In 2004, John Jerit, folk art collector and owner of the Bartlett, Tennessee-based 3-D glasses manufacturer American Paper Optics, read a newspaper article about Weiner and his folk art collection. Jerit contacted Weiner, who invited him to view the collection. Jeffery’s pieces stood out.
“When I saw them, I was just knocked out by them,” Jerit said.
He tracked Jeffery down and bought two pieces directly from him. One of these pieces, The Rapture, shows a dark-hued arm reaching down from the clouds and drawing a woman heavenwards by the ankles.
Jerit took pictures of Jeffery’s pieces and sent them to folk art collectors and gallery owners – including Lindsay – around the country. Lindsay was inspired to begin making plans to bring Jeffery’s work, including his Rapture, to Columbus.
KKK No More
Fire and Brimstone
What moved Jerit and Lindsay to invest in Jeffery’s career were the boldness of Jeffery’s subjects and the raw honesty of how he draws them out of the wood. Although Jeffery has carved likenesses of celebrities such as Oprah Winfrey, B. B. King and the late Ray Charles, many of his pieces, like Rapture, are dramatic representations of Christian subjects. Racial tension is another recurring theme in Jeffery’s work and is the central subject of a series of carvings depicting the Ku Klux Klan in violent scenes with blacks.
Years with little success in selling his Klan pieces to collectors or organizations taught Jeffery that there isn’t a large market for them. But he doesn’t carve these subjects to make money. He uses the wood to absorb his reactions to events in the world around him.
“All of my work tells a story,” Jeffery said. “Some days I feel a certain way and it shows up in my carvings. When (racially charged) stuff comes on the news, I start doing Ku Klux Klan things. Or when I start feeling religious, I do something religious. I have to get out what I feel. This is the way I speak without opening my mouth and making a fool of myself. I put it into wood.”
The honesty of Jeffery’s work speaks for itself. For Shari Cavin, Jeffery’s open confrontation of issues of racial prejudice and religion give his carvings a dimension of authenticity.
“I like the issues that he deals with very much because I think they’re honest,” Cavin said. “If he were dealing with issues that didn’t touch his life, I would wonder why he was doing it.”
“The thing about Jeffery,” Jerit said, “is that you can tell his work comes from the heart. Some of the first pieces I bought from him were KKK pieces. I really think he was about to cry when I bought them, but no one would touch them. I just knew I had to have them.”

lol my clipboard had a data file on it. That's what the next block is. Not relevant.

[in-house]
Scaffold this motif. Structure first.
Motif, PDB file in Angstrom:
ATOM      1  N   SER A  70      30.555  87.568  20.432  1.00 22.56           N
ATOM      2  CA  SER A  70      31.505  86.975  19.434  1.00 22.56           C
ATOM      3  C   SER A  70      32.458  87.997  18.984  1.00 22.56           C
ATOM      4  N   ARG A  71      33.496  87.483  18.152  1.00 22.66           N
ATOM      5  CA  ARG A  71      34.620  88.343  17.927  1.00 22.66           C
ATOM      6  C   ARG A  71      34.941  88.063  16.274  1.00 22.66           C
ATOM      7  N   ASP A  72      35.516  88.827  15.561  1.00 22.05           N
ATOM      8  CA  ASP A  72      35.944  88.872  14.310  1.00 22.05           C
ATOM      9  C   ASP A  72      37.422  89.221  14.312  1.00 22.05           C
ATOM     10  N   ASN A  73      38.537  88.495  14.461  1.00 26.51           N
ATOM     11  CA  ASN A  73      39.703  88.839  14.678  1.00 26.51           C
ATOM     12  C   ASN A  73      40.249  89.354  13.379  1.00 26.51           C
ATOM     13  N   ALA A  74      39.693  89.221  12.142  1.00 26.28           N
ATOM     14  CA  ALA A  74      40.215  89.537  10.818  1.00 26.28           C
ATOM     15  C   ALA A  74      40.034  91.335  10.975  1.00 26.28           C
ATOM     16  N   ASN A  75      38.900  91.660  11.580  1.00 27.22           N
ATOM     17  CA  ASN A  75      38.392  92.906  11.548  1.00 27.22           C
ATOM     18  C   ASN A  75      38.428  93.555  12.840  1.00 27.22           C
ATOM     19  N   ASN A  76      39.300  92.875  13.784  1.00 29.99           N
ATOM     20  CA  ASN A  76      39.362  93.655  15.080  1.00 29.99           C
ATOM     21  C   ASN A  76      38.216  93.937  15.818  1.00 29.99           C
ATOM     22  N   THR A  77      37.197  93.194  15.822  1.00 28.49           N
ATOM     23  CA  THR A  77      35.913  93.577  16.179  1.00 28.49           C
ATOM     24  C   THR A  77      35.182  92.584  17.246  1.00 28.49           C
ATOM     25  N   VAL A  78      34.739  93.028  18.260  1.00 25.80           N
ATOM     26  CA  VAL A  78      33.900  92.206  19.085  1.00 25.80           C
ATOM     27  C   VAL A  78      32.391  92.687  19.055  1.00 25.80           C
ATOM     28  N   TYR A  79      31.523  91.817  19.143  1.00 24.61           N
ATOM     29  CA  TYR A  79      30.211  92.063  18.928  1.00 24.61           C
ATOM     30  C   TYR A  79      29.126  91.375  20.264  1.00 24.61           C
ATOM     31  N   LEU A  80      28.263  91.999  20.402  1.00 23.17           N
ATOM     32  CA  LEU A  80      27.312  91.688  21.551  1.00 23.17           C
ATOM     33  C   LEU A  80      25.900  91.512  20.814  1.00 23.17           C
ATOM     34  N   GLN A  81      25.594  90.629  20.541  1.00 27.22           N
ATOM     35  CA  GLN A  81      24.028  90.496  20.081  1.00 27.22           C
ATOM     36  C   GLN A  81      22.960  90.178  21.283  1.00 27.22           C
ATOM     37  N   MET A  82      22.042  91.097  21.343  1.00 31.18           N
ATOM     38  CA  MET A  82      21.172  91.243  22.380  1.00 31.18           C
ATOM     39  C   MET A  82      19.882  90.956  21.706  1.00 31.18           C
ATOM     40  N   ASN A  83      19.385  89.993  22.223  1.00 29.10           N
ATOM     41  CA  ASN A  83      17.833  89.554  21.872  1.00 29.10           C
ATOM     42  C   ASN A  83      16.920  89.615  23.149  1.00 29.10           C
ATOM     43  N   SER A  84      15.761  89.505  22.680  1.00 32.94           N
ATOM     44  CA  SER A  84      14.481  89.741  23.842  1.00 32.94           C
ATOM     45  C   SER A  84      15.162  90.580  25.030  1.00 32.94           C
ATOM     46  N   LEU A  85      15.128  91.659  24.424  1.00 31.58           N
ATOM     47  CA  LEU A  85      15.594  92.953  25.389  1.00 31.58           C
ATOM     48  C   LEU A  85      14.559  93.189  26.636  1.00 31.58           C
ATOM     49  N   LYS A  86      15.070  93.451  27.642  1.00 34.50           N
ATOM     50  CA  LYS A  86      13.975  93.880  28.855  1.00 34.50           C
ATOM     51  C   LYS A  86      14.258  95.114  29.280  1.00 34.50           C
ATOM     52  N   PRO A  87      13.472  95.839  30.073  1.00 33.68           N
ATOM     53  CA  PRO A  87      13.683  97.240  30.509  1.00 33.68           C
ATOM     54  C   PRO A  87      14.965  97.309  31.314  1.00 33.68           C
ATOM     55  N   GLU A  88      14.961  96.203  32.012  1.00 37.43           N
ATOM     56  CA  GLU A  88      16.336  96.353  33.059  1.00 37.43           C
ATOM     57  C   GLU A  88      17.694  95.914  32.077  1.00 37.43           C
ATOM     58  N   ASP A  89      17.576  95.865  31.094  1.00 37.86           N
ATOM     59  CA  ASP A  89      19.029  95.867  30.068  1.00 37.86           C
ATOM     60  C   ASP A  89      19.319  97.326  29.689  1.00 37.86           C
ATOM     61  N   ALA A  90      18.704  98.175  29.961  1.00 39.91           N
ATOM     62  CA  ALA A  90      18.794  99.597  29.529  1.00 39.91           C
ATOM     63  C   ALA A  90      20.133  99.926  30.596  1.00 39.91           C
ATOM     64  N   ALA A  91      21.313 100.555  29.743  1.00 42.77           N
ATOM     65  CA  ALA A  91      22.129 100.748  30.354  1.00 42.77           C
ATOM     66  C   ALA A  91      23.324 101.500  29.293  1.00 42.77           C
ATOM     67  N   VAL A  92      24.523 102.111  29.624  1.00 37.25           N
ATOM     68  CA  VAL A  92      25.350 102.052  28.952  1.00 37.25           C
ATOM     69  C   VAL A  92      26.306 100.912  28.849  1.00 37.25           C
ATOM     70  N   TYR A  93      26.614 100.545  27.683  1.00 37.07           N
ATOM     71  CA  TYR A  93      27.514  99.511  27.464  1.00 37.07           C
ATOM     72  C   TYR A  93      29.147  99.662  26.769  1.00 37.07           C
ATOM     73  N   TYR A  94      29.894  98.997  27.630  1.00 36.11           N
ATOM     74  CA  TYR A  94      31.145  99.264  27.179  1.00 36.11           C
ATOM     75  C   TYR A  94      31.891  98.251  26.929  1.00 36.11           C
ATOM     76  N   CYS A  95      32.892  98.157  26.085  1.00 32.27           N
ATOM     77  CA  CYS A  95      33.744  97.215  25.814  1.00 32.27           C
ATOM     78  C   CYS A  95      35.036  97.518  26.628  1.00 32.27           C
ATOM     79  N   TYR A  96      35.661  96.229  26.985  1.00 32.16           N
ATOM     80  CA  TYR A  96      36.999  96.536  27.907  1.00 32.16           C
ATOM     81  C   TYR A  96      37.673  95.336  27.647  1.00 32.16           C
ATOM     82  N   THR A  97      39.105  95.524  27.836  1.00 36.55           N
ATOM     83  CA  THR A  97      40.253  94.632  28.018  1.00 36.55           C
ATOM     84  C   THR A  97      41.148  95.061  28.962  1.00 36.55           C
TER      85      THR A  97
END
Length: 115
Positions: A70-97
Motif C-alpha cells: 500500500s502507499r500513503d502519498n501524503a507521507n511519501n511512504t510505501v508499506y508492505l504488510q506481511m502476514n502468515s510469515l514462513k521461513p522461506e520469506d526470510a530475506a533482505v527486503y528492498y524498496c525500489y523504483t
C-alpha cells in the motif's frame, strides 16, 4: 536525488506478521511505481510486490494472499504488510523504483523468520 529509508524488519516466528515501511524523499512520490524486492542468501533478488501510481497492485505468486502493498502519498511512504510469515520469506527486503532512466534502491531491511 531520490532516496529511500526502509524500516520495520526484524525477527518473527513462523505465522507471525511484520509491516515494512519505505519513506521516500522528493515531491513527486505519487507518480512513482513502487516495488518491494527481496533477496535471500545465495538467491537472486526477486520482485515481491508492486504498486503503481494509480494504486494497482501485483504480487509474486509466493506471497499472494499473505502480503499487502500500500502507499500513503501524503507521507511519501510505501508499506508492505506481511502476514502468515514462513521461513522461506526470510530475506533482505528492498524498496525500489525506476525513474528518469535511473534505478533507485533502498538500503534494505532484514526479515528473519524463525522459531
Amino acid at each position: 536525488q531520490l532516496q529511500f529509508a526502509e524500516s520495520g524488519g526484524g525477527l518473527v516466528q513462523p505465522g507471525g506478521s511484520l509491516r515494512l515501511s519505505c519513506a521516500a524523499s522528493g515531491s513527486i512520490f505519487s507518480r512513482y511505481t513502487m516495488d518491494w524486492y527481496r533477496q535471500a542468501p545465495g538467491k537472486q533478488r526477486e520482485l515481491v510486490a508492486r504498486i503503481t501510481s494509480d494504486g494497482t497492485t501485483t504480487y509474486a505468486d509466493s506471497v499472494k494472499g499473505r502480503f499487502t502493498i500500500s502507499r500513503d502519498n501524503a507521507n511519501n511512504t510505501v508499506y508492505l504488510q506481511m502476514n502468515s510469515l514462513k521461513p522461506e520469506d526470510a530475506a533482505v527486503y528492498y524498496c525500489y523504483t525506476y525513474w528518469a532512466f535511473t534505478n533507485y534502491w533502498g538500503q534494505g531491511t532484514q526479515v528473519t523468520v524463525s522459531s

When Weiner saw a large group of Jeffery’s pieces at a Memphis arts festival, he was moved by the mixture of controversial pieces and more mundane carvings of famous sports and entertainment
“There were some normal pieces, but there was a plethora of controversial stuff,” Weiner said. He bought one of Jeffery’s controversial pieces at this festival, a carving depicting Al Jolson in blackface on one side and a black man in whiteface on the other.
“To me,” Weiner said, “it’s even more interesting coming from an older black man who’s lived through everything and seen everything.”
Although Weiner gave the Al Jolson piece to his father, there is one piece by Jeffery in his 600-piece art collection that he says he will never relinquish: a carving of a Ku Klux Klansman in a white robe with the Klan’s initials on the sleeve. The catch? The Klansman is black.
“I like utter controversy,” Weiner said. “When I see all-out, full-blown controversy, I’m all over it. This theme (racial tension) keeps coming up in what he does, and it’s interesting to see this very sweet person come up with these controversial pieces. It’s as though he’s willing to accept the way society has been, but feels the need to express the fact that he hasn’t forgotten about all that stuff.”
Judy Peiser, executive producer with the Center for Southern Folklife in Memphis, also applauds Jeffery for confronting controversial issues in his carvings.
“I give him a lot of credit for doing things that make people squirm,” Peiser said. “I think it makes people ask questions, like ‘Why did this guy do this? Why do we still need to talk about this?’”
The Center for Southern Folklife displayed Jeffery’s carving KKK No More, in which a single black hand squeezes a hooded Klansman and a cross. Jerit’s visceral reaction to this piece led him to buy it and two other Ku Klux Klan carvings directly from Jeffery. In one of these pieces, Cross the Line, a Klansman holds a black man in one hand and a white woman and mulatto child in the other.
“It’s flat-out scary,” Jerit said.
Jeffery’s religious works also bring forth visceral reactions, even from his family. “I did a carving of the devil,” Jeffery said, “and my wife was too scared to let it in the house.”
In addition to Rapture, the Lindsay Gallery’s show will feature, among other pieces, Jeffery’s Trinity, in which a caucasian Jesus is carved in relief below a dark-skinned God in front of a sky blue field of acrylic paint. My Son shows the crucified Christ on Golgotha below the head of God gazing poignantly outward.
In the end, Jeffery says his family – not the need for self-expression and certainly not profit – is his most powerful motivation.
“I carve,” Jeffery said, “because I want to make a name and leave a legacy for my family. I don’t really care about the money. I want to leave something that says ‘I lived here.’ That’s why I do controversial pieces. They bring attention. I’m trying to leave a name to make my family proud.”
And Jerit predicts that people will soon know the name Edwin Jeffery Jr.
“I think in the long run that Edwin’s going to become a major carver in the self-taught world,” Jerit said. “In 18 months’ time, people will know who Edwin is.”
©2005 Short North Gazette, Columbus, Ohio. All rights reserved.